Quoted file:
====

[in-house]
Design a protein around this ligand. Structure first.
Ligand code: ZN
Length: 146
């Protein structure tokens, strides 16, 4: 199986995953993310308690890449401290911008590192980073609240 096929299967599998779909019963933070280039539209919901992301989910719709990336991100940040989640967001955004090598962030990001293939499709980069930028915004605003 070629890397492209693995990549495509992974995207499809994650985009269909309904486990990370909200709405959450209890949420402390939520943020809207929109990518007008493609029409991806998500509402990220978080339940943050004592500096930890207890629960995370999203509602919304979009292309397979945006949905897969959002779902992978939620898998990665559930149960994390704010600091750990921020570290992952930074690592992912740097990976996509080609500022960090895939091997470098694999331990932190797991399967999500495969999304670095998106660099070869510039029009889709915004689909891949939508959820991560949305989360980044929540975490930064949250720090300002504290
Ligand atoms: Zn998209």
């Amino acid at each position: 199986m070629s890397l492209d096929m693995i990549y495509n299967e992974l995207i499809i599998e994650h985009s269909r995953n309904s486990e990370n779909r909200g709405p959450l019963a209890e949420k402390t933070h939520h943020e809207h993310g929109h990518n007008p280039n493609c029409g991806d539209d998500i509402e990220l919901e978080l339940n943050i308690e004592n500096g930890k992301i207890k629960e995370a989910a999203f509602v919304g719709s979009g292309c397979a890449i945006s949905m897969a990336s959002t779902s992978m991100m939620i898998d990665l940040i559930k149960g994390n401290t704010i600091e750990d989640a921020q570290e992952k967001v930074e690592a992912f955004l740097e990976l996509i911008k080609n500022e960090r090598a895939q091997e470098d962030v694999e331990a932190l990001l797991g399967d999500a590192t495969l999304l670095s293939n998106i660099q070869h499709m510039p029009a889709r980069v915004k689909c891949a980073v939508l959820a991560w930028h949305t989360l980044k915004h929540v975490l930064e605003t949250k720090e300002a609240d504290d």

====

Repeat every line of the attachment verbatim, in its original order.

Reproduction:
[in-house]
Design a protein around this ligand. Structure first.
Ligand code: ZN
Length: 146
């Protein structure tokens, strides 16, 4: 199986995953993310308690890449401290911008590192980073609240 096929299967599998779909019963933070280039539209919901992301989910719709990336991100940040989640967001955004090598962030990001293939499709980069930028915004605003 070629890397492209693995990549495509992974995207499809994650985009269909309904486990990370909200709405959450209890949420402390939520943020809207929109990518007008493609029409991806998500509402990220978080339940943050004592500096930890207890629960995370999203509602919304979009292309397979945006949905897969959002779902992978939620898998990665559930149960994390704010600091750990921020570290992952930074690592992912740097990976996509080609500022960090895939091997470098694999331990932190797991399967999500495969999304670095998106660099070869510039029009889709915004689909891949939508959820991560949305989360980044929540975490930064949250720090300002504290
Ligand atoms: Zn998209």
């Amino acid at each position: 199986m070629s890397l492209d096929m693995i990549y495509n299967e992974l995207i499809i599998e994650h985009s269909r995953n309904s486990e990370n779909r909200g709405p959450l019963a209890e949420k402390t933070h939520h943020e809207h993310g929109h990518n007008p280039n493609c029409g991806d539209d998500i509402e990220l919901e978080l339940n943050i308690e004592n500096g930890k992301i207890k629960e995370a989910a999203f509602v919304g719709s979009g292309c397979a890449i945006s949905m897969a990336s959002t779902s992978m991100m939620i898998d990665l940040i559930k149960g994390n401290t704010i600091e750990d989640a921020q570290e992952k967001v930074e690592a992912f955004l740097e990976l996509i911008k080609n500022e960090r090598a895939q091997e470098d962030v694999e331990a932190l990001l797991g399967d999500a590192t495969l999304l670095s293939n998106i660099q070869h499709m510039p029009a889709r980069v915004k689909c891949a980073v939508l959820a991560w930028h949305t989360l980044k915004h929540v975490l930064e605003t949250k720090e300002a609240d504290d």